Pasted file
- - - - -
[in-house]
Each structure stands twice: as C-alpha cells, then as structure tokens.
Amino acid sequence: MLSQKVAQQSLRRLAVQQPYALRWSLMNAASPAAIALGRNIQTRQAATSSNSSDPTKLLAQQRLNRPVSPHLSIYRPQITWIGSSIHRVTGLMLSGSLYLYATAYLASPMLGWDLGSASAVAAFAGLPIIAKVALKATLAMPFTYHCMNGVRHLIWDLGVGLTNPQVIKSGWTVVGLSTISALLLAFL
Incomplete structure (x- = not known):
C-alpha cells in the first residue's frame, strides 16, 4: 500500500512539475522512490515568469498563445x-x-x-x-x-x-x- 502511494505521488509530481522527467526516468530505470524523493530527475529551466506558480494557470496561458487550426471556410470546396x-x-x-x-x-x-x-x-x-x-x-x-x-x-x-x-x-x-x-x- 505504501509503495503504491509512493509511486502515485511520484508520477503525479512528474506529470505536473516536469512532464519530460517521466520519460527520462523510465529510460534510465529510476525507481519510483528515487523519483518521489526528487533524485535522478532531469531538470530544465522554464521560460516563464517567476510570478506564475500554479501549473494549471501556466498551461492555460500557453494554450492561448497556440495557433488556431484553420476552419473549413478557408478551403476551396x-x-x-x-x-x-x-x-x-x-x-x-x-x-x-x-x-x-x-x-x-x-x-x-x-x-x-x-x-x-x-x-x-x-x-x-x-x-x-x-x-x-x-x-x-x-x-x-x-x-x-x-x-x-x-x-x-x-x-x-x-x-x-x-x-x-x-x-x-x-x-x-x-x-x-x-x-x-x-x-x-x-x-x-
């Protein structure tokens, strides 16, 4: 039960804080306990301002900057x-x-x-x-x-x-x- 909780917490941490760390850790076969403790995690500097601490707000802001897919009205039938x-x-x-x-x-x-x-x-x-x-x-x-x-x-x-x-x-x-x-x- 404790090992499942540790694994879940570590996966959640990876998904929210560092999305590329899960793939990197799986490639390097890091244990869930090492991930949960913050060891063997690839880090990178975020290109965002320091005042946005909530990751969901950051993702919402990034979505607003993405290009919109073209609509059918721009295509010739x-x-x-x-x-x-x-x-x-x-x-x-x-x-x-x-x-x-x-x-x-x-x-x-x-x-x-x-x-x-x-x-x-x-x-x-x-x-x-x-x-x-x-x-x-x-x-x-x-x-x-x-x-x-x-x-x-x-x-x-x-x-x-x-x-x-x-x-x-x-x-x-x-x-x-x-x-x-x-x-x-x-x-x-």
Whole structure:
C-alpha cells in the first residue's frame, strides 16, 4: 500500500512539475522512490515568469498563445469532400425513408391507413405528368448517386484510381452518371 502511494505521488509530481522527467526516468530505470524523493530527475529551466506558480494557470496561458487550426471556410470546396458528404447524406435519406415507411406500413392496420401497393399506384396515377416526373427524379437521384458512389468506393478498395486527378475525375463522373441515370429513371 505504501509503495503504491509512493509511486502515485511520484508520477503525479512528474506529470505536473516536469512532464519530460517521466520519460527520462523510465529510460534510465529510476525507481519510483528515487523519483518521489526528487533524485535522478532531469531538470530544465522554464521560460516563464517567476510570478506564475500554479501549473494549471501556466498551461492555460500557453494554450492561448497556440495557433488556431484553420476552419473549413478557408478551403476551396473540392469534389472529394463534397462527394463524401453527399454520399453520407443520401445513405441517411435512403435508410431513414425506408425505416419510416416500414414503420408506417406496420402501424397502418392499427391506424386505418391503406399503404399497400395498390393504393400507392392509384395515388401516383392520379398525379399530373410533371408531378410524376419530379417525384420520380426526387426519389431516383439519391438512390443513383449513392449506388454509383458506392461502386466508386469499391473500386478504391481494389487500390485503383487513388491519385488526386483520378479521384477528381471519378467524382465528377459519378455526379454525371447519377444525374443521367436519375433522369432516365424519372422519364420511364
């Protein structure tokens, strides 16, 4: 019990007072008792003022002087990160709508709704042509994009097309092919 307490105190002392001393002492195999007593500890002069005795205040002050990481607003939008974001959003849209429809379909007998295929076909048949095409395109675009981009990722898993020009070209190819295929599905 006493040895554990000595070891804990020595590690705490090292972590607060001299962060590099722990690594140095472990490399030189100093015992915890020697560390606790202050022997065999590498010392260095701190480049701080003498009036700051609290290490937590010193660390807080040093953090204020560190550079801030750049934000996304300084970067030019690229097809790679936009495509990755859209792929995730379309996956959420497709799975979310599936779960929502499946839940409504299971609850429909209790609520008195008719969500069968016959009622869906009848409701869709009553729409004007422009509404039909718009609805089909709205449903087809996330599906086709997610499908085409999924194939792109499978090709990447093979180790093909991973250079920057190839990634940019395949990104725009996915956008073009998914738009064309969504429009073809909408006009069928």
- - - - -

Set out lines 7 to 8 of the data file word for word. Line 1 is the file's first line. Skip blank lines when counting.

Whole structure:
C-alpha cells in the first residue's frame, strides 16, 4: 500500500512539475522512490515568469498563445469532400425513408391507413405528368448517386484510381452518371 502511494505521488509530481522527467526516468530505470524523493530527475529551466506558480494557470496561458487550426471556410470546396458528404447524406435519406415507411406500413392496420401497393399506384396515377416526373427524379437521384458512389468506393478498395486527378475525375463522373441515370429513371 505504501509503495503504491509512493509511486502515485511520484508520477503525479512528474506529470505536473516536469512532464519530460517521466520519460527520462523510465529510460534510465529510476525507481519510483528515487523519483518521489526528487533524485535522478532531469531538470530544465522554464521560460516563464517567476510570478506564475500554479501549473494549471501556466498551461492555460500557453494554450492561448497556440495557433488556431484553420476552419473549413478557408478551403476551396473540392469534389472529394463534397462527394463524401453527399454520399453520407443520401445513405441517411435512403435508410431513414425506408425505416419510416416500414414503420408506417406496420402501424397502418392499427391506424386505418391503406399503404399497400395498390393504393400507392392509384395515388401516383392520379398525379399530373410533371408531378410524376419530379417525384420520380426526387426519389431516383439519391438512390443513383449513392449506388454509383458506392461502386466508386469499391473500386478504391481494389487500390485503383487513388491519385488526386483520378479521384477528381471519378467524382465528377459519378455526379454525371447519377444525374443521367436519375433522369432516365424519372422519364420511364